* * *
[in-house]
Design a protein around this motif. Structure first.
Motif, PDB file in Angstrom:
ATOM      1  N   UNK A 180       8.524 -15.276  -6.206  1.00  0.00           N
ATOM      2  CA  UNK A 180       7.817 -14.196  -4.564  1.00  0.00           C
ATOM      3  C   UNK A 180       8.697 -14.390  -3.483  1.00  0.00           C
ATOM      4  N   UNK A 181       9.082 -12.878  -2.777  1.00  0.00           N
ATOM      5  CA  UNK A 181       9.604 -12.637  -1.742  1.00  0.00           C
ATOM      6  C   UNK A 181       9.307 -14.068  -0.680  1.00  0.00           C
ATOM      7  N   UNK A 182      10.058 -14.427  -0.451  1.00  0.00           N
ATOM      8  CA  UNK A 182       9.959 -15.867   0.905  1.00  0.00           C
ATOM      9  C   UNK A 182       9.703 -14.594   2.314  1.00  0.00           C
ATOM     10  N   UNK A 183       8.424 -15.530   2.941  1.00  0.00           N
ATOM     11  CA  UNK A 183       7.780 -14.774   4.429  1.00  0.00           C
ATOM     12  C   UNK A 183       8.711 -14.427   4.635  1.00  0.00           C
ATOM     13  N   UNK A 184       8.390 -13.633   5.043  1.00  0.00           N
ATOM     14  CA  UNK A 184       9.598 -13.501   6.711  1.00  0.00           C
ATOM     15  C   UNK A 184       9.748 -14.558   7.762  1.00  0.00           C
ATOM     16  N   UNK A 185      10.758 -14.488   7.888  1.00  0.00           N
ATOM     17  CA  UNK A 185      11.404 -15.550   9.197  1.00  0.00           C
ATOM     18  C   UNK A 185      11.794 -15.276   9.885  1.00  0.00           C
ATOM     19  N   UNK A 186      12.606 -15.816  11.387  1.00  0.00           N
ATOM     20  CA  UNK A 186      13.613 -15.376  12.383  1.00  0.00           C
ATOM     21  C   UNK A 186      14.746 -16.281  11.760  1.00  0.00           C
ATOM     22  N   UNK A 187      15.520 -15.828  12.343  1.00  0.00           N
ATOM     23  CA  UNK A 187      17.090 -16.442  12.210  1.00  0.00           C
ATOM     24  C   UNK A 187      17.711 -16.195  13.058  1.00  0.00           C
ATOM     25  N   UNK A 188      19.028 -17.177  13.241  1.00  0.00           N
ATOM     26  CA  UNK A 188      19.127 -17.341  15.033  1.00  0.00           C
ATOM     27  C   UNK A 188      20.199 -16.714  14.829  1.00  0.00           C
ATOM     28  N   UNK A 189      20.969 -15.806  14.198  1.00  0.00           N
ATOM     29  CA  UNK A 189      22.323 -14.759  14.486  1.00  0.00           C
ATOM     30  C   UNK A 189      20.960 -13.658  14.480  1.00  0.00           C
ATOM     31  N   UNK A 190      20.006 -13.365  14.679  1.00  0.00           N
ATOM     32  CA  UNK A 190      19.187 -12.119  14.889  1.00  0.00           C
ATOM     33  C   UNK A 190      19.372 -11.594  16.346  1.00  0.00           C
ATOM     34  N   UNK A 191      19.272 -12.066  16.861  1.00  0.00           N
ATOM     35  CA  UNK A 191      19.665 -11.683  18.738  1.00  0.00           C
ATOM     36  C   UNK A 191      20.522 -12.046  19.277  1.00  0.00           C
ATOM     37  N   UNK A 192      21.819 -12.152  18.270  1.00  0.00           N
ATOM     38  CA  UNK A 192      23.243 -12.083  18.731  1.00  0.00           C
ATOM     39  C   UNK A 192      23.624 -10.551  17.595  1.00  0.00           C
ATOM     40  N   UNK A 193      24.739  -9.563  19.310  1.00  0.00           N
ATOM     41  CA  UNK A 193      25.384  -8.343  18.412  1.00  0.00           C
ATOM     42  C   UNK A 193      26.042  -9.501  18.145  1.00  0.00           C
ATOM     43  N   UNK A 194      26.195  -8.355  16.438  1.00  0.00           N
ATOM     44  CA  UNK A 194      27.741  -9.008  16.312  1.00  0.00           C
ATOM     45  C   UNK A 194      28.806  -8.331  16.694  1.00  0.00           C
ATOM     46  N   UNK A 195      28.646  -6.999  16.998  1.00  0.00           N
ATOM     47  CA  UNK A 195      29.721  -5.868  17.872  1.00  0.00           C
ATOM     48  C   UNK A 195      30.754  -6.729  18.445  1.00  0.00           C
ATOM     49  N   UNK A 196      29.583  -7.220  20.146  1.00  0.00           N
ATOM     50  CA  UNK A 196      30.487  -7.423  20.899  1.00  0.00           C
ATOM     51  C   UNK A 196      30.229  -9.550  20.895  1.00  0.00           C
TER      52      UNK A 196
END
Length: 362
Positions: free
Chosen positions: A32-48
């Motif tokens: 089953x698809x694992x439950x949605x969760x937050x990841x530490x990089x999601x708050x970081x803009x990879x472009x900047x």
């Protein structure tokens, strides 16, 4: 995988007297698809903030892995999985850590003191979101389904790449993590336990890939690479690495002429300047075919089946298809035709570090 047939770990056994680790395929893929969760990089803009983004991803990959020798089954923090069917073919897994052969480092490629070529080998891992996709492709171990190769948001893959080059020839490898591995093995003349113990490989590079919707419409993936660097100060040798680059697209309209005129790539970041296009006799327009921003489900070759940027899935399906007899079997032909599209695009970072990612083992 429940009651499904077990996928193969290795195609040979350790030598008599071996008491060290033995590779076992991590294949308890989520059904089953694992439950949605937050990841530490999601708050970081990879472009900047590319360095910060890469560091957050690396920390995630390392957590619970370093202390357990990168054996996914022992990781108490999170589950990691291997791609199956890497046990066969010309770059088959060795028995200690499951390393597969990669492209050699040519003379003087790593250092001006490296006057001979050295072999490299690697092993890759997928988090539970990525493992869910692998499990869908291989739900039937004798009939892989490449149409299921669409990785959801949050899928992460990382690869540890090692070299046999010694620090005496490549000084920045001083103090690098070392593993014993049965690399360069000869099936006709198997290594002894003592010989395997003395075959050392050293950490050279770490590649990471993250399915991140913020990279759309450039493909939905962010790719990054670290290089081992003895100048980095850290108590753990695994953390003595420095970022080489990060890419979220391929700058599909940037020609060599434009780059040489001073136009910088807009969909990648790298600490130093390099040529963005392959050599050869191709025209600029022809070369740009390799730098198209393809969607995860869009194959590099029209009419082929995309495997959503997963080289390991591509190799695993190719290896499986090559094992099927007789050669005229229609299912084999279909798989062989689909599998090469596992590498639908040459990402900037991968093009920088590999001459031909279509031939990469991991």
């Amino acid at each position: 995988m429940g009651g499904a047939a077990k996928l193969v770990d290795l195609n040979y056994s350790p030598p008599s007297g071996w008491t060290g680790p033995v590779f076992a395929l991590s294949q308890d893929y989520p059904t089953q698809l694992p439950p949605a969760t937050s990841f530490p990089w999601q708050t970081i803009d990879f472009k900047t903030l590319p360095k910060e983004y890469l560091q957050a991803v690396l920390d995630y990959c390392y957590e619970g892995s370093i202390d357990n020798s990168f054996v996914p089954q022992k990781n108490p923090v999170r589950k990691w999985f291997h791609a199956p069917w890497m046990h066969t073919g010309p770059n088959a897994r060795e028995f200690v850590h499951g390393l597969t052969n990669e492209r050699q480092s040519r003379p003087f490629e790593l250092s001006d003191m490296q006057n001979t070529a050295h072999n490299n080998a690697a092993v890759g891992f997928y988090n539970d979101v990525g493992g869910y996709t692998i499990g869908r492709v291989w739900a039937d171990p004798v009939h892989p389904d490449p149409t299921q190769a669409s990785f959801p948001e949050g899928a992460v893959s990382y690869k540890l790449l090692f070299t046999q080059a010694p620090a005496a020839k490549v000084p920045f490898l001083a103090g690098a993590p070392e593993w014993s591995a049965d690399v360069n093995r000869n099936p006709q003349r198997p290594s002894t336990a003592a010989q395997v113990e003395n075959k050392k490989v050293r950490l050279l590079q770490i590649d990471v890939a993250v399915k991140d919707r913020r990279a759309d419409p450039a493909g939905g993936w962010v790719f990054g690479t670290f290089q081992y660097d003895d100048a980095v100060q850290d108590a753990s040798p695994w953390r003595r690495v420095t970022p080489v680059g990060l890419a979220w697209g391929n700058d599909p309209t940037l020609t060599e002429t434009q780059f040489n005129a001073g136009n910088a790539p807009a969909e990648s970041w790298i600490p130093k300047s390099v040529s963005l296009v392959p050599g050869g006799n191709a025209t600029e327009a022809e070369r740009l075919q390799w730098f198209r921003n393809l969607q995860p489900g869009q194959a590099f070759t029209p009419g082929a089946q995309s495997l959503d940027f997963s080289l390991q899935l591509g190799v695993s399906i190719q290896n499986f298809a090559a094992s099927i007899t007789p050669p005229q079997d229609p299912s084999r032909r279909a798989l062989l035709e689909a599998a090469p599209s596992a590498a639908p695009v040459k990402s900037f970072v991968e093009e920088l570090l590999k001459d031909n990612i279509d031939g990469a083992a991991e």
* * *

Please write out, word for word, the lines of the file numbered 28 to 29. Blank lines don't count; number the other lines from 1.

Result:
ATOM     25  N   UNK A 188      19.028 -17.177  13.241  1.00  0.00           N
ATOM     26  CA  UNK A 188      19.127 -17.341  15.033  1.00  0.00           C